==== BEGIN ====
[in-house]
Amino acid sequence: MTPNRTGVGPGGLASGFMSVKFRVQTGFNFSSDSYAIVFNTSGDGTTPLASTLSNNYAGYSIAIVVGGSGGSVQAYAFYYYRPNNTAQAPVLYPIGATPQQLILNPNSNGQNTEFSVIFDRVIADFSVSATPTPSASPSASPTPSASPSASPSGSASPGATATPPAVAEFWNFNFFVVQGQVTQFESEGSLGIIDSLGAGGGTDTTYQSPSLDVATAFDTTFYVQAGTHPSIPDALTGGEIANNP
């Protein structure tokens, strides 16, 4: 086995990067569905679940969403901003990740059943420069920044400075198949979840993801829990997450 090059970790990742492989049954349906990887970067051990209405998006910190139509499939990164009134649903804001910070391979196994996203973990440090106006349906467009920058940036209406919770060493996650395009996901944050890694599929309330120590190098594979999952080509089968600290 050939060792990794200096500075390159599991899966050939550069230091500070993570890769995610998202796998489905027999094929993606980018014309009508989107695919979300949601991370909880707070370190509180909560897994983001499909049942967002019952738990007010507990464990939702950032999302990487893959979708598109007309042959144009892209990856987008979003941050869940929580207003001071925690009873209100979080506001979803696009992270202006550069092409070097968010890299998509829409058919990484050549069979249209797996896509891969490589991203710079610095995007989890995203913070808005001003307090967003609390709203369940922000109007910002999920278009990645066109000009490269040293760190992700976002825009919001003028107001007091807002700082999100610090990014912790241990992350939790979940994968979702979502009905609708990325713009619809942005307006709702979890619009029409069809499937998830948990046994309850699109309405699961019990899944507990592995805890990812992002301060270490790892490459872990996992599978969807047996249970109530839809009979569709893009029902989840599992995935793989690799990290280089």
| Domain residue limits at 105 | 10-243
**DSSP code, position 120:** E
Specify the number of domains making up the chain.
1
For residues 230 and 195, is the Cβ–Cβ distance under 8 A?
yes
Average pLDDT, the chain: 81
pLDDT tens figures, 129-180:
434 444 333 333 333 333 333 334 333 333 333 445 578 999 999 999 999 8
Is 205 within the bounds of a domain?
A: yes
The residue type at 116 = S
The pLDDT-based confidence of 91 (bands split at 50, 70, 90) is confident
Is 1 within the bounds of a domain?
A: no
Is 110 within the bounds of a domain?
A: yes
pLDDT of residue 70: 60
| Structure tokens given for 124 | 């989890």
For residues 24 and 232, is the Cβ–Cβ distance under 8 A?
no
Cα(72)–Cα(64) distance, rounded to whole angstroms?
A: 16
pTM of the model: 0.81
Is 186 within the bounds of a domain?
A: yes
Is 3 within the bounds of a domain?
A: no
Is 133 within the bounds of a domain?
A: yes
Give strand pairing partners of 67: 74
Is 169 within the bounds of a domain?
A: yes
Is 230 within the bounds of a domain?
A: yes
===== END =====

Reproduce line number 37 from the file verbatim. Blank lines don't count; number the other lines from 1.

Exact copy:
Is 230 within the bounds of a domain?